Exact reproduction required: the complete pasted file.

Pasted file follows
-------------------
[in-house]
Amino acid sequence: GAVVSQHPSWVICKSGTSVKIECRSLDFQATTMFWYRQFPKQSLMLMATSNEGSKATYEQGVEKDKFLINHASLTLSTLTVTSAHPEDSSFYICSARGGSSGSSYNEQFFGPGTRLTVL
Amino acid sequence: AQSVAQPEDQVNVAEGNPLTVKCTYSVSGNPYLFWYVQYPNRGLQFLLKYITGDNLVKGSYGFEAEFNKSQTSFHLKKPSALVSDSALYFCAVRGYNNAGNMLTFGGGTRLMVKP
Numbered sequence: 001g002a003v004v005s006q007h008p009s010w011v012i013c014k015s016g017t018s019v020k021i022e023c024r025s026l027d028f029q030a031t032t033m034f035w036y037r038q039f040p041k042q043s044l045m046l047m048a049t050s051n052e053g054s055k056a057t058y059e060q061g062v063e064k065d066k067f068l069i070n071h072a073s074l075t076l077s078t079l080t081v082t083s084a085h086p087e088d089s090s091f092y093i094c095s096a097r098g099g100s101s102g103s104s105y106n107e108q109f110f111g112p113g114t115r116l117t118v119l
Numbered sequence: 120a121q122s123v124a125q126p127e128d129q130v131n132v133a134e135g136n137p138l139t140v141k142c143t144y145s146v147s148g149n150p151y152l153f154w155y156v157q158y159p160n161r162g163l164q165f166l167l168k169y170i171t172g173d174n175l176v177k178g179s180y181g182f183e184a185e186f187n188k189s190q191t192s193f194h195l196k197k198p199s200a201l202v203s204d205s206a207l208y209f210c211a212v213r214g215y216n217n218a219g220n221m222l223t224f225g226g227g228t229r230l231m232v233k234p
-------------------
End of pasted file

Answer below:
[in-house]
Amino acid sequence: GAVVSQHPSWVICKSGTSVKIECRSLDFQATTMFWYRQFPKQSLMLMATSNEGSKATYEQGVEKDKFLINHASLTLSTLTVTSAHPEDSSFYICSARGGSSGSSYNEQFFGPGTRLTVL
Amino acid sequence: AQSVAQPEDQVNVAEGNPLTVKCTYSVSGNPYLFWYVQYPNRGLQFLLKYITGDNLVKGSYGFEAEFNKSQTSFHLKKPSALVSDSALYFCAVRGYNNAGNMLTFGGGTRLMVKP
Numbered sequence: 001g002a003v004v005s006q007h008p009s010w011v012i013c014k015s016g017t018s019v020k021i022e023c024r025s026l027d028f029q030a031t032t033m034f035w036y037r038q039f040p041k042q043s044l045m046l047m048a049t050s051n052e053g054s055k056a057t058y059e060q061g062v063e064k065d066k067f068l069i070n071h072a073s074l075t076l077s078t079l080t081v082t083s084a085h086p087e088d089s090s091f092y093i094c095s096a097r098g099g100s101s102g103s104s105y106n107e108q109f110f111g112p113g114t115r116l117t118v119l
Numbered sequence: 120a121q122s123v124a125q126p127e128d129q130v131n132v133a134e135g136n137p138l139t140v141k142c143t144y145s146v147s148g149n150p151y152l153f154w155y156v157q158y159p160n161r162g163l164q165f166l167l168k169y170i171t172g173d174n175l176v177k178g179s180y181g182f183e184a185e186f187n188k189s190q191t192s193f194h195l196k197k198p199s200a201l202v203s204d205s206a207l208y209f210c211a212v213r214g215y216n217n218a219g220n221m222l223t224f225g226g227g228t229r230l231m232v233k234p